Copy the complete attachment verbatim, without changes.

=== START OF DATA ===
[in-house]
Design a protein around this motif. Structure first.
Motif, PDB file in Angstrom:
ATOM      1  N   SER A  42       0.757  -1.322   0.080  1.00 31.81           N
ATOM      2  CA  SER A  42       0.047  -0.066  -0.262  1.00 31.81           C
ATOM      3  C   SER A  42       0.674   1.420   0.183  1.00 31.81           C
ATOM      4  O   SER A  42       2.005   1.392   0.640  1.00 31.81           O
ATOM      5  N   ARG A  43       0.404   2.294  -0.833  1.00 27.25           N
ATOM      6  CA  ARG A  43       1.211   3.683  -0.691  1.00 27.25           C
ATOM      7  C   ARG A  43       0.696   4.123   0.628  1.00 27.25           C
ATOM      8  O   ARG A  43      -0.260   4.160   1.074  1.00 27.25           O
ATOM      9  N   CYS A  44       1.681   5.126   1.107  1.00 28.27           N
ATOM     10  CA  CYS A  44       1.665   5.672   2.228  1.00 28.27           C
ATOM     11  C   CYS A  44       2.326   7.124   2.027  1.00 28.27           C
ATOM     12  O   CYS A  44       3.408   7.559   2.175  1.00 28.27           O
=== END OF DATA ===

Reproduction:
[in-house]
Design a protein around this motif. Structure first.
Motif, PDB file in Angstrom:
ATOM      1  N   SER A  42       0.757  -1.322   0.080  1.00 31.81           N
ATOM      2  CA  SER A  42       0.047  -0.066  -0.262  1.00 31.81           C
ATOM      3  C   SER A  42       0.674   1.420   0.183  1.00 31.81           C
ATOM      4  O   SER A  42       2.005   1.392   0.640  1.00 31.81           O
ATOM      5  N   ARG A  43       0.404   2.294  -0.833  1.00 27.25           N
ATOM      6  CA  ARG A  43       1.211   3.683  -0.691  1.00 27.25           C
ATOM      7  C   ARG A  43       0.696   4.123   0.628  1.00 27.25           C
ATOM      8  O   ARG A  43      -0.260   4.160   1.074  1.00 27.25           O
ATOM      9  N   CYS A  44       1.681   5.126   1.107  1.00 28.27           N
ATOM     10  CA  CYS A  44       1.665   5.672   2.228  1.00 28.27           C
ATOM     11  C   CYS A  44       2.326   7.124   2.027  1.00 28.27           C
ATOM     12  O   CYS A  44       3.408   7.559   2.175  1.00 28.27           O